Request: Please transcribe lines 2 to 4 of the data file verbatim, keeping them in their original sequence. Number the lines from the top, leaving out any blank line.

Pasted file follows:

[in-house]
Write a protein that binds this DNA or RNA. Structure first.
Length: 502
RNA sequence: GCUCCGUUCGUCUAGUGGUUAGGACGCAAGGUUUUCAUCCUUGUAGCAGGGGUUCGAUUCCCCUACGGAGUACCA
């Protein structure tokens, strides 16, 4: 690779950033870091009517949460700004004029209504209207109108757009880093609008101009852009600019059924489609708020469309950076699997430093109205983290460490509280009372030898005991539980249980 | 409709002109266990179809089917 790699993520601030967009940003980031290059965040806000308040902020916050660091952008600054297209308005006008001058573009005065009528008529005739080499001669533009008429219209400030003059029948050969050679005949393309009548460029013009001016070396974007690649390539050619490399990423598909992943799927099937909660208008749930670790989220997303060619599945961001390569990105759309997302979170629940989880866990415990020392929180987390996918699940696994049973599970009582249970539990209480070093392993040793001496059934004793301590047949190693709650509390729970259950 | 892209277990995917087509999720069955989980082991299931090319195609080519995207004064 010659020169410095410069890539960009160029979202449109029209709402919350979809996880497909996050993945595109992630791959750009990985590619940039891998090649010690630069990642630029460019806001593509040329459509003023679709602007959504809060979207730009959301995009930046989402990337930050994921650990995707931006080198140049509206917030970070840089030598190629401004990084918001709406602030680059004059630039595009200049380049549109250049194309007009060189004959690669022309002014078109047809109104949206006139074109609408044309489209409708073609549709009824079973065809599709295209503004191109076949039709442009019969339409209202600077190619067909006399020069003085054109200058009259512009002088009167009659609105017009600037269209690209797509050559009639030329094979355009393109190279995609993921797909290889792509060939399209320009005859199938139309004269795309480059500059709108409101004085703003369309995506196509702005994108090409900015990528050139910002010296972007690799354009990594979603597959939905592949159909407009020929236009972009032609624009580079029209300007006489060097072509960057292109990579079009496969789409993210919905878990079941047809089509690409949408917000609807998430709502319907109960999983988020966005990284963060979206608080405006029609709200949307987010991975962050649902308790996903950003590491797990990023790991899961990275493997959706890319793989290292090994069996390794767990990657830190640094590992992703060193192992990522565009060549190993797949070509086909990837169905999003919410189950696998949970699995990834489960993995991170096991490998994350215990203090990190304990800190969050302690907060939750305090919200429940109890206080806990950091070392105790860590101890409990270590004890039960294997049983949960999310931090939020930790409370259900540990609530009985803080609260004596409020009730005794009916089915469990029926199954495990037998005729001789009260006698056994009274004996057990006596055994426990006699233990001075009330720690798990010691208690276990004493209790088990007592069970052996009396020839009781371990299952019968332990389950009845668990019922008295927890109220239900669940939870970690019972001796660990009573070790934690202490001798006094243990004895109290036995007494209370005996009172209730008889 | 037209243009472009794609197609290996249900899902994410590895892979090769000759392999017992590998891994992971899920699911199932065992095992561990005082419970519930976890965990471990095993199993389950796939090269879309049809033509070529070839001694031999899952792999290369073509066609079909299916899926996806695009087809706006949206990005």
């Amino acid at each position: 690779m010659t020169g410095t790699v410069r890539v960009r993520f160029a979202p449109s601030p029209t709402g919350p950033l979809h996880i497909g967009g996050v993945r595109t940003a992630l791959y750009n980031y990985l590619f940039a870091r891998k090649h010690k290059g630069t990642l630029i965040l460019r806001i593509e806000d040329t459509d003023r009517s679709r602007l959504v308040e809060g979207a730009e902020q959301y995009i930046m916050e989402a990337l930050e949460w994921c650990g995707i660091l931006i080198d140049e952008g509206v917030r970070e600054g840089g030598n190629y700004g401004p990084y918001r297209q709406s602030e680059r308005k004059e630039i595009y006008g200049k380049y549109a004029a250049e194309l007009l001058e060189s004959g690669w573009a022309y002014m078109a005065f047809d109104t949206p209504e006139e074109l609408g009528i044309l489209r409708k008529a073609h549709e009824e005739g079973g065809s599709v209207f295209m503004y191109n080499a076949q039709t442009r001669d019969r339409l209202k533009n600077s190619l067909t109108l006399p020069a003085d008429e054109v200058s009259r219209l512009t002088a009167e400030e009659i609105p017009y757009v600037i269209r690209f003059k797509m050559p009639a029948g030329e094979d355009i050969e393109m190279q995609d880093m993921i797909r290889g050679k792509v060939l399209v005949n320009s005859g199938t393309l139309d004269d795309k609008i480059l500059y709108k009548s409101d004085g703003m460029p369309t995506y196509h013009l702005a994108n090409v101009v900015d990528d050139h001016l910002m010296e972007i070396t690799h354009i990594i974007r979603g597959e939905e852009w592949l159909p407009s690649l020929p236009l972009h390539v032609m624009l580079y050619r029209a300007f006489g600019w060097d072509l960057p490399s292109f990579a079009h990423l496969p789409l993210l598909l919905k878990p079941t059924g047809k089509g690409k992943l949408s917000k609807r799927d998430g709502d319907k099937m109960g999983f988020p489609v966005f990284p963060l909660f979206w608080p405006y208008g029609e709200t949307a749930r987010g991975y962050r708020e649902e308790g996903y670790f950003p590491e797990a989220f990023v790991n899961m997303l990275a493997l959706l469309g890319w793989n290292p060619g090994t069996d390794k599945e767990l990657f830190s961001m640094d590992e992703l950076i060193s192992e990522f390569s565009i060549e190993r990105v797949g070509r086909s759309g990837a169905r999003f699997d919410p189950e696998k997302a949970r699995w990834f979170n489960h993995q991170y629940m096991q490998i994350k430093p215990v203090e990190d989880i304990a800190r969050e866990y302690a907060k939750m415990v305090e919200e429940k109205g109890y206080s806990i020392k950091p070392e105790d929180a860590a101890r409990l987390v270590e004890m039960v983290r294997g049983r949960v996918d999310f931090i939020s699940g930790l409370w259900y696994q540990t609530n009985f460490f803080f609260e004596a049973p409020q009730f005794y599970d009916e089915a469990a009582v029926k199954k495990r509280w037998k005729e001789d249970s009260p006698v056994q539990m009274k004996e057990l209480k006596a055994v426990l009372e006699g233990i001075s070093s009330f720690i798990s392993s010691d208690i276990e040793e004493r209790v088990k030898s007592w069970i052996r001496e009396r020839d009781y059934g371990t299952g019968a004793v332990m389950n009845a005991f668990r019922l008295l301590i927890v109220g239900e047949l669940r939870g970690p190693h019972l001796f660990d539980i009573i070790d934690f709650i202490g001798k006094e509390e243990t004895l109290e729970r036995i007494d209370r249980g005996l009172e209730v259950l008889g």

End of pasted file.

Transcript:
Write a protein that binds this DNA or RNA. Structure first.
Length: 502
RNA sequence: GCUCCGUUCGUCUAGUGGUUAGGACGCAAGGUUUUCAUCCUUGUAGCAGGGGUUCGAUUCCCCUACGGAGUACCA